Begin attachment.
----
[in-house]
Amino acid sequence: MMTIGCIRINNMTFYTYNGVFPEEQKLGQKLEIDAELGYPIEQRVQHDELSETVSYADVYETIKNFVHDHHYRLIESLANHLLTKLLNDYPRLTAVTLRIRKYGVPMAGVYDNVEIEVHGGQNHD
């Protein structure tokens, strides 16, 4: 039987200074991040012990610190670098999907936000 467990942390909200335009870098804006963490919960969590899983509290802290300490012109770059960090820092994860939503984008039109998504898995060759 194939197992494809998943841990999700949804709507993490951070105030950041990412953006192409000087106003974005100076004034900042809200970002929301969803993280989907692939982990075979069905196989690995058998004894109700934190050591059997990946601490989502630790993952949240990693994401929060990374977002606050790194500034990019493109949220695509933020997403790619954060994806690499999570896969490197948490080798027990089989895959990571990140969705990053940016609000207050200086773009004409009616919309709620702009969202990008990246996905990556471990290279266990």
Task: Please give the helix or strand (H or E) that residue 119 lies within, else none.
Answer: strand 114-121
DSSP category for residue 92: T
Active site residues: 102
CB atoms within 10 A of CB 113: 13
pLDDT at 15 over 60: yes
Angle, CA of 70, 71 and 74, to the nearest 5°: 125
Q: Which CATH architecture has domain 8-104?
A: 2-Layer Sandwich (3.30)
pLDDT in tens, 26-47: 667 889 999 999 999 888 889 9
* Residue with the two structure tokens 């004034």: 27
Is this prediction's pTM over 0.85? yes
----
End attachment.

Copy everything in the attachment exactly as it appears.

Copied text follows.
[in-house]
Amino acid sequence: MMTIGCIRINNMTFYTYNGVFPEEQKLGQKLEIDAELGYPIEQRVQHDELSETVSYADVYETIKNFVHDHHYRLIESLANHLLTKLLNDYPRLTAVTLRIRKYGVPMAGVYDNVEIEVHGGQNHD
């Protein structure tokens, strides 16, 4: 039987200074991040012990610190670098999907936000 467990942390909200335009870098804006963490919960969590899983509290802290300490012109770059960090820092994860939503984008039109998504898995060759 194939197992494809998943841990999700949804709507993490951070105030950041990412953006192409000087106003974005100076004034900042809200970002929301969803993280989907692939982990075979069905196989690995058998004894109700934190050591059997990946601490989502630790993952949240990693994401929060990374977002606050790194500034990019493109949220695509933020997403790619954060994806690499999570896969490197948490080798027990089989895959990571990140969705990053940016609000207050200086773009004409009616919309709620702009969202990008990246996905990556471990290279266990």
Task: Please give the helix or strand (H or E) that residue 119 lies within, else none.
Answer: strand 114-121
DSSP category for residue 92: T
Active site residues: 102
CB atoms within 10 A of CB 113: 13
pLDDT at 15 over 60: yes
Angle, CA of 70, 71 and 74, to the nearest 5°: 125
Q: Which CATH architecture has domain 8-104?
A: 2-Layer Sandwich (3.30)
pLDDT in tens, 26-47: 667 889 999 999 999 888 889 9
* Residue with the two structure tokens 């004034």: 27
Is this prediction's pTM over 0.85? yes